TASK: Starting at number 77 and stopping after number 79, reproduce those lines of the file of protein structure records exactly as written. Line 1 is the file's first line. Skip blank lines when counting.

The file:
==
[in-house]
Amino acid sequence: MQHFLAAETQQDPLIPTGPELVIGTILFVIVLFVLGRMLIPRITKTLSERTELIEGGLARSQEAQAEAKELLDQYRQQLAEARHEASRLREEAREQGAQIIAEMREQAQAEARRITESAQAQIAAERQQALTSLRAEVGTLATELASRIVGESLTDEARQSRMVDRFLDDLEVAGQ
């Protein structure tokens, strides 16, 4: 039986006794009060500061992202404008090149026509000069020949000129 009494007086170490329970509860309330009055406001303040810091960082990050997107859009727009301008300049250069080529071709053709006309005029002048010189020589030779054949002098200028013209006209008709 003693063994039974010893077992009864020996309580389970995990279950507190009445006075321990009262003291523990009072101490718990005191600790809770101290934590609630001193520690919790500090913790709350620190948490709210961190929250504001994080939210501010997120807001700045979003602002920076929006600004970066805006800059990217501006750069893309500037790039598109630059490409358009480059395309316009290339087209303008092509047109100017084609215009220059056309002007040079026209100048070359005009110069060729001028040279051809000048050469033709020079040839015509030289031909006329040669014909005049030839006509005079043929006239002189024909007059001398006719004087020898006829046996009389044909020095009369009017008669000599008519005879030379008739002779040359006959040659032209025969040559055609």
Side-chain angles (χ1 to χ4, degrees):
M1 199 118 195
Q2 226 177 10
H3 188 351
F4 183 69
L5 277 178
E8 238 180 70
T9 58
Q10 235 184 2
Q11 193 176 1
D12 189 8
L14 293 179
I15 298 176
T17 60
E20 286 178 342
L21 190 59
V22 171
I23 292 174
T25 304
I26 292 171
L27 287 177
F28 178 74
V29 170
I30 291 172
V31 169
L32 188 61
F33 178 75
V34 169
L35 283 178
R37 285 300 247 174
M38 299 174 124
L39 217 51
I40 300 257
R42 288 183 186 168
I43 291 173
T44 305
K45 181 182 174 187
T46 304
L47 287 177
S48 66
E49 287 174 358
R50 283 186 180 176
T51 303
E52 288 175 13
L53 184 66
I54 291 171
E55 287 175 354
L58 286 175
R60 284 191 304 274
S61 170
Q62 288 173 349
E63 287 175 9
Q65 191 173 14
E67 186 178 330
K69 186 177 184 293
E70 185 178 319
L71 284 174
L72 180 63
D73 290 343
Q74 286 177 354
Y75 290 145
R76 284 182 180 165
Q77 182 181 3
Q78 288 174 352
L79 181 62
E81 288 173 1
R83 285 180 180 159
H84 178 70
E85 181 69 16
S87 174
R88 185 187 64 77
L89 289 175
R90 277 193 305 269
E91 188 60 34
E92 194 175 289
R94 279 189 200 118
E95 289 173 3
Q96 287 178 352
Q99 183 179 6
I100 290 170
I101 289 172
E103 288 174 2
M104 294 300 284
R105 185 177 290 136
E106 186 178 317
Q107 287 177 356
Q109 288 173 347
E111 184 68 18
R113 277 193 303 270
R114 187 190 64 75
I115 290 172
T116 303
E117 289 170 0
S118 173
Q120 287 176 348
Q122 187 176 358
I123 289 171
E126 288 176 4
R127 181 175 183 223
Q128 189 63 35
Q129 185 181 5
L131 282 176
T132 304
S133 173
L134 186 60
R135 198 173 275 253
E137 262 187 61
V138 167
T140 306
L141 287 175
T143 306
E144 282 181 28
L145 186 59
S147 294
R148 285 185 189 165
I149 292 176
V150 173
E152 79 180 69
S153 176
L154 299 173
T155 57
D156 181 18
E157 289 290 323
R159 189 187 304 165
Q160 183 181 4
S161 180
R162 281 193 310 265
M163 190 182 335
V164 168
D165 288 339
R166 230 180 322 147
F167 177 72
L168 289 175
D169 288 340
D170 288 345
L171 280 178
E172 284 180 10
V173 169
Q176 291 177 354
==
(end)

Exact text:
E91 188 60 34
E92 194 175 289
R94 279 189 200 118